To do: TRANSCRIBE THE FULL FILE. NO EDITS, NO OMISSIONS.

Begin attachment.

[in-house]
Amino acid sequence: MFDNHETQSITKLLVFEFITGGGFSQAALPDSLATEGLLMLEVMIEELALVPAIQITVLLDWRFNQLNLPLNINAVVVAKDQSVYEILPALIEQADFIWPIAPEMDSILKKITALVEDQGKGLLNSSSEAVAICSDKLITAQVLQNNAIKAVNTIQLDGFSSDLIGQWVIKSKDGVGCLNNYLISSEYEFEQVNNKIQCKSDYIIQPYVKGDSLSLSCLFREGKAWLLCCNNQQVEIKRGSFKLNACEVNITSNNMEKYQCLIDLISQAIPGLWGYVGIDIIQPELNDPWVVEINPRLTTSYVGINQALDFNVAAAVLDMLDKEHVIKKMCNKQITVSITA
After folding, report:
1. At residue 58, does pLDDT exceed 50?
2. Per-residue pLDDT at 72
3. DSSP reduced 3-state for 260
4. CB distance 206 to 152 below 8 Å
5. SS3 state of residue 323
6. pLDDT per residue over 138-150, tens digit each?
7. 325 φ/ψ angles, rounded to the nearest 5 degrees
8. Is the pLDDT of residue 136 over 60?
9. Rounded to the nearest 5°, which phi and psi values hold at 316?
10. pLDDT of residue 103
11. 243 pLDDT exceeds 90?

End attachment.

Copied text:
[in-house]
Amino acid sequence: MFDNHETQSITKLLVFEFITGGGFSQAALPDSLATEGLLMLEVMIEELALVPAIQITVLLDWRFNQLNLPLNINAVVVAKDQSVYEILPALIEQADFIWPIAPEMDSILKKITALVEDQGKGLLNSSSEAVAICSDKLITAQVLQNNAIKAVNTIQLDGFSSDLIGQWVIKSKDGVGCLNNYLISSEYEFEQVNNKIQCKSDYIIQPYVKGDSLSLSCLFREGKAWLLCCNNQQVEIKRGSFKLNACEVNITSNNMEKYQCLIDLISQAIPGLWGYVGIDIIQPELNDPWVVEINPRLTTSYVGINQALDFNVAAAVLDMLDKEHVIKKMCNKQITVSITA
After folding, report:
1. At residue 58, does pLDDT exceed 50?
2. Per-residue pLDDT at 72
3. DSSP reduced 3-state for 260
4. CB distance 206 to 152 below 8 Å
5. SS3 state of residue 323
6. pLDDT per residue over 138-150, tens digit each?
7. 325 φ/ψ angles, rounded to the nearest 5 degrees
8. Is the pLDDT of residue 136 over 60?
9. Rounded to the nearest 5°, which phi and psi values hold at 316?
10. pLDDT of residue 103
11. 243 pLDDT exceeds 90?